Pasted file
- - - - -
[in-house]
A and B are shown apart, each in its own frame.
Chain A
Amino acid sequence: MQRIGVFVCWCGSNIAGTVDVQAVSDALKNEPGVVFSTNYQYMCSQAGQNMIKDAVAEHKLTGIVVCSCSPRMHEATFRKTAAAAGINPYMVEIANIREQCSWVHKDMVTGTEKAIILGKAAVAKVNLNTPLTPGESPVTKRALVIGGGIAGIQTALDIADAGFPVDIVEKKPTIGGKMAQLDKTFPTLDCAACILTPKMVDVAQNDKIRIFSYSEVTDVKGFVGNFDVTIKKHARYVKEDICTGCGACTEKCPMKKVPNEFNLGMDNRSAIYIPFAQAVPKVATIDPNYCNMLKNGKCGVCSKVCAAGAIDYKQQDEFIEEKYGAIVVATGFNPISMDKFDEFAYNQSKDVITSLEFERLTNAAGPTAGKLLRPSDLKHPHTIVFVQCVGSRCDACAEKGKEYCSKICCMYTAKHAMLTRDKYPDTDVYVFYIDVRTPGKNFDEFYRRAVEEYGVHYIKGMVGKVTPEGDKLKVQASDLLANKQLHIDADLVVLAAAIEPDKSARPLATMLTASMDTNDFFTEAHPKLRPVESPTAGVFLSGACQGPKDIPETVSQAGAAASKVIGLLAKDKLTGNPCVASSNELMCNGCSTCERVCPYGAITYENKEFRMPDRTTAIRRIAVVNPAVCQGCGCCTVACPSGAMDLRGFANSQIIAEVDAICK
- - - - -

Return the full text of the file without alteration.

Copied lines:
[in-house]
A and B are shown apart, each in its own frame.
Chain A
Amino acid sequence: MQRIGVFVCWCGSNIAGTVDVQAVSDALKNEPGVVFSTNYQYMCSQAGQNMIKDAVAEHKLTGIVVCSCSPRMHEATFRKTAAAAGINPYMVEIANIREQCSWVHKDMVTGTEKAIILGKAAVAKVNLNTPLTPGESPVTKRALVIGGGIAGIQTALDIADAGFPVDIVEKKPTIGGKMAQLDKTFPTLDCAACILTPKMVDVAQNDKIRIFSYSEVTDVKGFVGNFDVTIKKHARYVKEDICTGCGACTEKCPMKKVPNEFNLGMDNRSAIYIPFAQAVPKVATIDPNYCNMLKNGKCGVCSKVCAAGAIDYKQQDEFIEEKYGAIVVATGFNPISMDKFDEFAYNQSKDVITSLEFERLTNAAGPTAGKLLRPSDLKHPHTIVFVQCVGSRCDACAEKGKEYCSKICCMYTAKHAMLTRDKYPDTDVYVFYIDVRTPGKNFDEFYRRAVEEYGVHYIKGMVGKVTPEGDKLKVQASDLLANKQLHIDADLVVLAAAIEPDKSARPLATMLTASMDTNDFFTEAHPKLRPVESPTAGVFLSGACQGPKDIPETVSQAGAAASKVIGLLAKDKLTGNPCVASSNELMCNGCSTCERVCPYGAITYENKEFRMPDRTTAIRRIAVVNPAVCQGCGCCTVACPSGAMDLRGFANSQIIAEVDAICK